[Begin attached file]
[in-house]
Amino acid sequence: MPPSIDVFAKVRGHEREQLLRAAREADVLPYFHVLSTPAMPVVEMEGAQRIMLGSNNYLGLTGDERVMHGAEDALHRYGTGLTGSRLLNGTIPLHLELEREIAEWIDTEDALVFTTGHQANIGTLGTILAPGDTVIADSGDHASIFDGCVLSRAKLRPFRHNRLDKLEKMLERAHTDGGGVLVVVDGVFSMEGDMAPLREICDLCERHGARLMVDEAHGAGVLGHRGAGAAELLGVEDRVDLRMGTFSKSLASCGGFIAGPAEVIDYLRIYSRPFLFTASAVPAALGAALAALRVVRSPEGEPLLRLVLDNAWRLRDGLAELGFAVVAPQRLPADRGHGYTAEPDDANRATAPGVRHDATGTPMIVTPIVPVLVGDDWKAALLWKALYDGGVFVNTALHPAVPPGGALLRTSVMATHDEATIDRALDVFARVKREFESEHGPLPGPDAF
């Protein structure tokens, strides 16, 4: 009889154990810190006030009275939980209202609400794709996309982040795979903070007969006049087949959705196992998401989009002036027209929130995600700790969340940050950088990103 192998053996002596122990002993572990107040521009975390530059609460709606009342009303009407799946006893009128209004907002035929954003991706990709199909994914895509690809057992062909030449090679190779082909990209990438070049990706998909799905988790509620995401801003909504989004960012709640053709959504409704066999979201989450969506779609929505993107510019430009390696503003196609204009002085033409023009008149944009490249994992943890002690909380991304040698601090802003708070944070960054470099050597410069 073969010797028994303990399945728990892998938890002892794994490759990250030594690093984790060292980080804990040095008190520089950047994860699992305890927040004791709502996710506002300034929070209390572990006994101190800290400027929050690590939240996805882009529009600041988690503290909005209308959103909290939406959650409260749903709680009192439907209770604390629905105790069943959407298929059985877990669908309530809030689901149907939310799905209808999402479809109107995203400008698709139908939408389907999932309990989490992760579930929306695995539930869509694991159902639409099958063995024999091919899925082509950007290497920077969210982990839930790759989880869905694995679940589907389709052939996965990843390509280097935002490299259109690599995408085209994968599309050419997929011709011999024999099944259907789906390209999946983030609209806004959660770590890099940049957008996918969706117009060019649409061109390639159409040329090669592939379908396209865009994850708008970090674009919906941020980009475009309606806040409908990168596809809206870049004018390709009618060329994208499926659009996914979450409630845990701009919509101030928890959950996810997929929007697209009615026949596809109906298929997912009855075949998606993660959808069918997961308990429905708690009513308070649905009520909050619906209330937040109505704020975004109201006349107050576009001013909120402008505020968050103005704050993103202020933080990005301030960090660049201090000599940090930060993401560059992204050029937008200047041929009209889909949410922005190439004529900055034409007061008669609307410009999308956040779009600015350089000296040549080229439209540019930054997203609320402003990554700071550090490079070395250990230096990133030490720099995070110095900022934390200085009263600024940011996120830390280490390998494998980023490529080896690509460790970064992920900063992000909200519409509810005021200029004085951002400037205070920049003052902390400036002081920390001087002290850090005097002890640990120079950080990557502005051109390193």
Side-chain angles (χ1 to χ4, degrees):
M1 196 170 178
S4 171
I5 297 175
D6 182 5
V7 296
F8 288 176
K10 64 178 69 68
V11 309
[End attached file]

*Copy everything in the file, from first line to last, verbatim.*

[in-house]
Amino acid sequence: MPPSIDVFAKVRGHEREQLLRAAREADVLPYFHVLSTPAMPVVEMEGAQRIMLGSNNYLGLTGDERVMHGAEDALHRYGTGLTGSRLLNGTIPLHLELEREIAEWIDTEDALVFTTGHQANIGTLGTILAPGDTVIADSGDHASIFDGCVLSRAKLRPFRHNRLDKLEKMLERAHTDGGGVLVVVDGVFSMEGDMAPLREICDLCERHGARLMVDEAHGAGVLGHRGAGAAELLGVEDRVDLRMGTFSKSLASCGGFIAGPAEVIDYLRIYSRPFLFTASAVPAALGAALAALRVVRSPEGEPLLRLVLDNAWRLRDGLAELGFAVVAPQRLPADRGHGYTAEPDDANRATAPGVRHDATGTPMIVTPIVPVLVGDDWKAALLWKALYDGGVFVNTALHPAVPPGGALLRTSVMATHDEATIDRALDVFARVKREFESEHGPLPGPDAF
């Protein structure tokens, strides 16, 4: 009889154990810190006030009275939980209202609400794709996309982040795979903070007969006049087949959705196992998401989009002036027209929130995600700790969340940050950088990103 192998053996002596122990002993572990107040521009975390530059609460709606009342009303009407799946006893009128209004907002035929954003991706990709199909994914895509690809057992062909030449090679190779082909990209990438070049990706998909799905988790509620995401801003909504989004960012709640053709959504409704066999979201989450969506779609929505993107510019430009390696503003196609204009002085033409023009008149944009490249994992943890002690909380991304040698601090802003708070944070960054470099050597410069 073969010797028994303990399945728990892998938890002892794994490759990250030594690093984790060292980080804990040095008190520089950047994860699992305890927040004791709502996710506002300034929070209390572990006994101190800290400027929050690590939240996805882009529009600041988690503290909005209308959103909290939406959650409260749903709680009192439907209770604390629905105790069943959407298929059985877990669908309530809030689901149907939310799905209808999402479809109107995203400008698709139908939408389907999932309990989490992760579930929306695995539930869509694991159902639409099958063995024999091919899925082509950007290497920077969210982990839930790759989880869905694995679940589907389709052939996965990843390509280097935002490299259109690599995408085209994968599309050419997929011709011999024999099944259907789906390209999946983030609209806004959660770590890099940049957008996918969706117009060019649409061109390639159409040329090669592939379908396209865009994850708008970090674009919906941020980009475009309606806040409908990168596809809206870049004018390709009618060329994208499926659009996914979450409630845990701009919509101030928890959950996810997929929007697209009615026949596809109906298929997912009855075949998606993660959808069918997961308990429905708690009513308070649905009520909050619906209330937040109505704020975004109201006349107050576009001013909120402008505020968050103005704050993103202020933080990005301030960090660049201090000599940090930060993401560059992204050029937008200047041929009209889909949410922005190439004529900055034409007061008669609307410009999308956040779009600015350089000296040549080229439209540019930054997203609320402003990554700071550090490079070395250990230096990133030490720099995070110095900022934390200085009263600024940011996120830390280490390998494998980023490529080896690509460790970064992920900063992000909200519409509810005021200029004085951002400037205070920049003052902390400036002081920390001087002290850090005097002890640990120079950080990557502005051109390193």
Side-chain angles (χ1 to χ4, degrees):
M1 196 170 178
S4 171
I5 297 175
D6 182 5
V7 296
F8 288 176
K10 64 178 69 68
V11 309